In response to fears by the travel industry (fueled by government lies) that businesses dependent on air travel will lose money if their would-be customers are prevented by the Transportation Security Administration (TSA) from flying because they don’t have ID credentials that the Department of Homeland Security (DHS) deems sufficiently “compliant”, a proposal was introduced in Congress this week by Rep. Debbie Lesko of Arizona to amend the REAL-ID Act of 2005.
What’s really called for, though, is repeal, not revision, of the REAL-ID Act, and explicit Congressional recognition that travel by common carrier is a right that cannot be conditioned on government-issued credentials or other permission. The amendments proposed in H.R. 5827 would only exacerbate the Constitutional flaws in the REAL-ID Act, and would do nothing to rein in the TSA and other DHS components in their violations of travelers’ rights.
H.R. 5827 appears to have been drafted by travel industry lobbyists. Its provisions exactly match the recommendations of the U.S. Travel Association, the umbrella trade association for the travel industry in the USA. Rep. Lesko’s press release announcing the filing of H.R. 5827 quotes endorsements for the bill from spokespeople for U.S. Travel and its constituent trade associations of airlines, airports (which in the US are almost all publicly operated, but tend to act like self-interested businesses rather than operating in the public interest), and travel agents. No advocates for travelers , civil liberties, or freedom to travel are quoted — nor are they likely to endorse H.R. 5827 or the REAL-ID Act it would amend.
H.R. 5827 is styled as the “Trusted Traveler REAL ID Relief Act of 2020”, and is described as a bill “To exempt certain travelers from certain requirements of the REAL ID Act of 2005 for purposes of boarding a federally regulated commercial aircraft, and for other purposes.”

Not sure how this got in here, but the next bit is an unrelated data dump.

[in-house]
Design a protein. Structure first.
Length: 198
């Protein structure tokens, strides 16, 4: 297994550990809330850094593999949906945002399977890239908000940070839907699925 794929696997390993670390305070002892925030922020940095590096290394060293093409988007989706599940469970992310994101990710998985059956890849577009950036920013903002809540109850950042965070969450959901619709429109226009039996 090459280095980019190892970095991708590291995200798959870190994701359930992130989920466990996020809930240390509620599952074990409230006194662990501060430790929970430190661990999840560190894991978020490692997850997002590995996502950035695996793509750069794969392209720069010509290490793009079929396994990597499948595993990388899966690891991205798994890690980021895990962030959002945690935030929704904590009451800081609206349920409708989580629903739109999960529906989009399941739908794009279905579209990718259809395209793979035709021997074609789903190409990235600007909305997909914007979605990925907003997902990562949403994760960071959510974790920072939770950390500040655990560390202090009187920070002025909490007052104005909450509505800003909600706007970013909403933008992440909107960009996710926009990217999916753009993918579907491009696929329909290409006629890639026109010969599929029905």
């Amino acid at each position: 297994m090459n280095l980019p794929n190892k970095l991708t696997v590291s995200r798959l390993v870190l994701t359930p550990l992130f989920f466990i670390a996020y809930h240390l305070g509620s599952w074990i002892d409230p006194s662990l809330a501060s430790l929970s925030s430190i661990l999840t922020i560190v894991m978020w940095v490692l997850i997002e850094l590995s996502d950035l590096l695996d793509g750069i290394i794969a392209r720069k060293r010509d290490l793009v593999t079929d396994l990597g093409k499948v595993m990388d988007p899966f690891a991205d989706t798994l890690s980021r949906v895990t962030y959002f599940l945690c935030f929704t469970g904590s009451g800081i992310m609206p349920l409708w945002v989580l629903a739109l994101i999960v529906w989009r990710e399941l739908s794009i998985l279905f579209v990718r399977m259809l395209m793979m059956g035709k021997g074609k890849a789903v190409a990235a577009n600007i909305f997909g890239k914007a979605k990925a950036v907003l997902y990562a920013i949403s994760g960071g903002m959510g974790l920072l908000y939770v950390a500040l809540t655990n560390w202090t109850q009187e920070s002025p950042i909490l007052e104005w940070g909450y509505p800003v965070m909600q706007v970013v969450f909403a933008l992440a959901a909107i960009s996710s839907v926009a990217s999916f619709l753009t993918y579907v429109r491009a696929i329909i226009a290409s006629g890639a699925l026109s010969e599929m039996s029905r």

But what would H.R. 5827 actually do, and would that make things better or worse?
H.R. 5827 would exempt individuals certified as “trusted” by the TSA or CBP from some of the “credential requirements” of the REAL-ID Act:
For purposes of boarding a federally regulated commercial aircraft, the credential requirements of section 202 of the REAL ID Act of 2005 (Public Law 109–13; 49 U.S.C. 30301) shall not apply to an individual who provides to the Transportation Security Administration the Known Traveler Number assigned to such individual through such individual’s flight reservation.
DEFINITION.—In this section, the term ‘‘Known Traveler Number’’ means a number assigned to an individual and accepted by the Transportation Security Administration as validating that the individual holding such identifier is a member of a known low-risk population, such as TSA’s PreCheck trusted traveler program or U.S. Customs and Border Protection’s Global Entry program.
The intent of the travel industry in proposing this provision is, presumably, to make sure that their highest-spending frequent-traveler customers will be exempted from the TSA’s threatened harassment and/or interference with travelers’ rights, and that all the burdens of REAL-ID Act “enforcement” are inflicted on would-be airline passengers who are less frequent travelers, less able or willing to pay “trusted traveler” program fees, and/or less willing to waive their Constitutional rights in the hope of being deemed “trusted”….